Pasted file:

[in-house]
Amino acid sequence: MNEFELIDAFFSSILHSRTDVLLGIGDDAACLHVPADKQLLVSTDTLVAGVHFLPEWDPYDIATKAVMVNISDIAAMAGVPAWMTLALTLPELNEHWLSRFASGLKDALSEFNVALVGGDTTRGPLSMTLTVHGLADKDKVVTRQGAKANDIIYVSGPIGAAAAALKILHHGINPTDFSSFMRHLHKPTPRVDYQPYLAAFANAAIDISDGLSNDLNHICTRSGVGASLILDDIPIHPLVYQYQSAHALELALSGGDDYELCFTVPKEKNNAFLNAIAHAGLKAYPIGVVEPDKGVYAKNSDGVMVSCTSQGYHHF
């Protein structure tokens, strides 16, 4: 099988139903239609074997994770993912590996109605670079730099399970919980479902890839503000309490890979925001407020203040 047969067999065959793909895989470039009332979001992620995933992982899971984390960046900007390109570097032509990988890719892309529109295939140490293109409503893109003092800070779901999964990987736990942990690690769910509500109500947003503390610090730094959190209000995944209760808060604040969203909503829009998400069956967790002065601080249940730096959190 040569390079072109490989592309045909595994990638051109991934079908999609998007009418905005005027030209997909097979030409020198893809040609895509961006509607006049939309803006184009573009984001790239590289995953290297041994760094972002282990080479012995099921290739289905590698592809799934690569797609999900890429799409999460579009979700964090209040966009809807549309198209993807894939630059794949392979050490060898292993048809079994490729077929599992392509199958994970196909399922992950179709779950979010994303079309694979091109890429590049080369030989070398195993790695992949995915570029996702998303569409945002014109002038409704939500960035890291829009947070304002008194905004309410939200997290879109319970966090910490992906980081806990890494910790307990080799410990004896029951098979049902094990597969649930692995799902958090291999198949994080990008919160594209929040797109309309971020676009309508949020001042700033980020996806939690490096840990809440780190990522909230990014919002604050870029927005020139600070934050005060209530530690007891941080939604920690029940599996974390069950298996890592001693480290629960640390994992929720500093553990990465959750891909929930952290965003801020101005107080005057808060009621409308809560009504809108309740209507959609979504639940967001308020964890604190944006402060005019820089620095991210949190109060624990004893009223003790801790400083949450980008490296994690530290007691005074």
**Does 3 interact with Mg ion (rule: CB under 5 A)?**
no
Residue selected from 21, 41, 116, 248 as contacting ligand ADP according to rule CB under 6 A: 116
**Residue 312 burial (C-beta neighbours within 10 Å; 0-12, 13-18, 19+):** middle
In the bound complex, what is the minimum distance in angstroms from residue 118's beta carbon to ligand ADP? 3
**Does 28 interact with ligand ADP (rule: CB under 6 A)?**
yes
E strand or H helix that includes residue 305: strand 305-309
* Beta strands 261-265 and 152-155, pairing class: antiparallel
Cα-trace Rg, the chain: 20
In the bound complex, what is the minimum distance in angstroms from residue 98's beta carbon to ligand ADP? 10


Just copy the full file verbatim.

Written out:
[in-house]
Amino acid sequence: MNEFELIDAFFSSILHSRTDVLLGIGDDAACLHVPADKQLLVSTDTLVAGVHFLPEWDPYDIATKAVMVNISDIAAMAGVPAWMTLALTLPELNEHWLSRFASGLKDALSEFNVALVGGDTTRGPLSMTLTVHGLADKDKVVTRQGAKANDIIYVSGPIGAAAAALKILHHGINPTDFSSFMRHLHKPTPRVDYQPYLAAFANAAIDISDGLSNDLNHICTRSGVGASLILDDIPIHPLVYQYQSAHALELALSGGDDYELCFTVPKEKNNAFLNAIAHAGLKAYPIGVVEPDKGVYAKNSDGVMVSCTSQGYHHF
């Protein structure tokens, strides 16, 4: 099988139903239609074997994770993912590996109605670079730099399970919980479902890839503000309490890979925001407020203040 047969067999065959793909895989470039009332979001992620995933992982899971984390960046900007390109570097032509990988890719892309529109295939140490293109409503893109003092800070779901999964990987736990942990690690769910509500109500947003503390610090730094959190209000995944209760808060604040969203909503829009998400069956967790002065601080249940730096959190 040569390079072109490989592309045909595994990638051109991934079908999609998007009418905005005027030209997909097979030409020198893809040609895509961006509607006049939309803006184009573009984001790239590289995953290297041994760094972002282990080479012995099921290739289905590698592809799934690569797609999900890429799409999460579009979700964090209040966009809807549309198209993807894939630059794949392979050490060898292993048809079994490729077929599992392509199958994970196909399922992950179709779950979010994303079309694979091109890429590049080369030989070398195993790695992949995915570029996702998303569409945002014109002038409704939500960035890291829009947070304002008194905004309410939200997290879109319970966090910490992906980081806990890494910790307990080799410990004896029951098979049902094990597969649930692995799902958090291999198949994080990008919160594209929040797109309309971020676009309508949020001042700033980020996806939690490096840990809440780190990522909230990014919002604050870029927005020139600070934050005060209530530690007891941080939604920690029940599996974390069950298996890592001693480290629960640390994992929720500093553990990465959750891909929930952290965003801020101005107080005057808060009621409308809560009504809108309740209507959609979504639940967001308020964890604190944006402060005019820089620095991210949190109060624990004893009223003790801790400083949450980008490296994690530290007691005074």
**Does 3 interact with Mg ion (rule: CB under 5 A)?**
no
Residue selected from 21, 41, 116, 248 as contacting ligand ADP according to rule CB under 6 A: 116
**Residue 312 burial (C-beta neighbours within 10 Å; 0-12, 13-18, 19+):** middle
In the bound complex, what is the minimum distance in angstroms from residue 118's beta carbon to ligand ADP? 3
**Does 28 interact with ligand ADP (rule: CB under 6 A)?**
yes
E strand or H helix that includes residue 305: strand 305-309
* Beta strands 261-265 and 152-155, pairing class: antiparallel
Cα-trace Rg, the chain: 20
In the bound complex, what is the minimum distance in angstroms from residue 98's beta carbon to ligand ADP? 10